Using 50s U-2 spy plane images researchers uncover locations of archaeological evidence
Archaeologists form Harvard and University of Pennsylvania have used a unique method to know more about mysterious locations unintentionally pictured by U-2 spy planes in 50s and 60s from across Europe, the Middle East and central eastern Asia.. These photographs were taken from the Corona spy satellite used by the United States’ planes that criss-crossed the globe taking thousands of pictures of military infrastructure and also of sites that are now being considered of archaeological importance.
These aerial photographs, were operated from 1959 to 1972, show sites that might be covered or developed today.
Landscape archaeologist Emily Hammer of the University of Pennsylvania and Jason Ur of Harvard University studies how humans in the past were organised with respect to their environment and landscape realised that these aerial photos and satellite imagery are a critical tool to know about how the regions looked earlier. But it was huge work and when Emily and her team met the Chinese researcher who had dug out the U-2 images of his home town; it set them on a new path. “Seeing the amazing quality of those archival photos, we knew that it would be worth the detective work it would take to build a systematic index of them,” Ur says.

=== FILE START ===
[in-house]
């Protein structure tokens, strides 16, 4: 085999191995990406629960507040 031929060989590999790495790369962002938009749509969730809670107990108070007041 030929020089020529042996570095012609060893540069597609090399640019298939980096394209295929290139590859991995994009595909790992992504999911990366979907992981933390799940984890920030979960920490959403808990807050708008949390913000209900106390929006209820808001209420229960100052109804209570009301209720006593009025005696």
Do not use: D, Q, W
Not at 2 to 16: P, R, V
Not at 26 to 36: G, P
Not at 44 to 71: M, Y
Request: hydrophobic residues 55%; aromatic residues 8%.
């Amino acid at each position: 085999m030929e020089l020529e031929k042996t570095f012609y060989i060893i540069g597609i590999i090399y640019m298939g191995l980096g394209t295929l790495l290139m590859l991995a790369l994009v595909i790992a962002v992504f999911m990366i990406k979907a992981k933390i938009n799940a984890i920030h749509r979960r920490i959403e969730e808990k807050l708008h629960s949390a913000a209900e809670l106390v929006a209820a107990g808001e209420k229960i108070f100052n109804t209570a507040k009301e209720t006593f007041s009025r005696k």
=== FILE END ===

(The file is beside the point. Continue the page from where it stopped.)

The U-2 film revealed 5,000 to 8,000-year old stone structures known as "desert kites," used to herd and perhaps hunt animals, as well as canal structures built by the Assyrians in northern Iraq. The researchers were also able to use the images to document communities of Marsh Arabs, a culture in southern Iraq that was displaced by the development of hydroelectric dams and the draining of the marshes by the government of Saddam Hussein in the last half of the 20th century.